Why do we analyze corner sharpness when the goal of small DOF is to blur the living snot out of everything but the subject?


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banpreso
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Jul 14, 2010 16:40 |  #26

i wouldn't do it if i were you... for the extra money maybe you can get another lens of a different focal length. you can grab a sigma 50mm f1.4 or 135L

but if you REALLY want a 35L, you gotta have it then...


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javanutsy
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Jul 14, 2010 18:05 |  #27

I had the Sigma 30 on the 30D and thought it was a great combo. Replaced it with the 35L as a first step in moving to FF. Did not like the 35L on the 30D that much. Lens is heavier, bigger, and focal length tighter than I was accustomed to. If you're staying on a crop body, I'd stay with the Sigma 30.


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LightRules
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Jul 14, 2010 18:10 |  #28

javanutsy wrote in post #10537295 (external link)
I had the Sigma 30 on the 30D and thought it was a great combo. Replaced it with the 35L as a first step in moving to FF. Did not like the 35L on the 30D that much. Lens is heavier, bigger, and focal length tighter than I was accustomed to. If you're staying on a crop body, I'd stay with the Sigma 30.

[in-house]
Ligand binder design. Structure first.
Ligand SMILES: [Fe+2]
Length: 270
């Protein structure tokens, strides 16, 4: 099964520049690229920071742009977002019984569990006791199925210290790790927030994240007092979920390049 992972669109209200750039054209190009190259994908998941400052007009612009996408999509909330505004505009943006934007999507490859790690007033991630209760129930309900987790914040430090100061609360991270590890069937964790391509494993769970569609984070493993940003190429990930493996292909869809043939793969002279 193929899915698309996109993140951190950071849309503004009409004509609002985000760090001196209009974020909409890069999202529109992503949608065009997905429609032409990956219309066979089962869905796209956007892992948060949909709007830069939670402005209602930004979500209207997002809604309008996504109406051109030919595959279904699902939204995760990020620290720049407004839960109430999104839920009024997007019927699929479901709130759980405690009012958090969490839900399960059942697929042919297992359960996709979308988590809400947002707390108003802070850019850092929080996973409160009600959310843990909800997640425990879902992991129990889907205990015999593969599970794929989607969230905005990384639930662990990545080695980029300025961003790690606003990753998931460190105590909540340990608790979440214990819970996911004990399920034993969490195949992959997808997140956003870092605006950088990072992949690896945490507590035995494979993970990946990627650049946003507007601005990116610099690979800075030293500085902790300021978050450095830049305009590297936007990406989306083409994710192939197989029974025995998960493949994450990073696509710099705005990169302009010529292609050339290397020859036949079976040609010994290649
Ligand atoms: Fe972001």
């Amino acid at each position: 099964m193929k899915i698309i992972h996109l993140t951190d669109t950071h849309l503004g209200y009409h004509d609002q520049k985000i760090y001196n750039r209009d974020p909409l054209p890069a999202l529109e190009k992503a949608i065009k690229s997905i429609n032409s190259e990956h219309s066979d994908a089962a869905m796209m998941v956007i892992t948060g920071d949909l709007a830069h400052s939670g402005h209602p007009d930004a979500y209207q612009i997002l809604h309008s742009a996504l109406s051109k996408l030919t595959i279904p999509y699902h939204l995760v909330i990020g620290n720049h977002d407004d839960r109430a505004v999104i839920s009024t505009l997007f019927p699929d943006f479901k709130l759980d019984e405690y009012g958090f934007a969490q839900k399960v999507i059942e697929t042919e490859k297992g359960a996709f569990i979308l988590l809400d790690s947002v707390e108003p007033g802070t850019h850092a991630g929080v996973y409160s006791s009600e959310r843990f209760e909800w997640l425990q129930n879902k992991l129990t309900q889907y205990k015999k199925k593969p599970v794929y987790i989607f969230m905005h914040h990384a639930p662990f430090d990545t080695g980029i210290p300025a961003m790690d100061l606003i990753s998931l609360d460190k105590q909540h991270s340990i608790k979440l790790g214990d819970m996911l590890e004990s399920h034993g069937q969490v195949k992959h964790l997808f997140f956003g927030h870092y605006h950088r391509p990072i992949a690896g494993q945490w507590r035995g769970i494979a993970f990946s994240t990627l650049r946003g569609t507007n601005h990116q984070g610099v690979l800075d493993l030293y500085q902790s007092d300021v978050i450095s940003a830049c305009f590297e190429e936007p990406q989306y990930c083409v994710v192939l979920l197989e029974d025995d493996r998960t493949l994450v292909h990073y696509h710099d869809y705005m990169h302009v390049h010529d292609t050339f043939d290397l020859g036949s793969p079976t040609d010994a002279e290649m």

+1.




  
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jdang307
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Jul 14, 2010 18:23 |  #29

picturecrazy wrote in post #10536821 (external link)
I'm not so sure why people think corner sharpness is so important. If using a prime lens, chances are you are using it to shoot at a very wide aperture. With such a small DOF, there is little chance that the corners would be sharp because they'll be out of focus anyhow. And if you are stopping the lens down, corner sharpness of just about all lenses increases DRAMATICALLY if they are soft, and if they are already sharp, they remain nicely sharp. But the difference between them becomes much smaller and much less of an issue.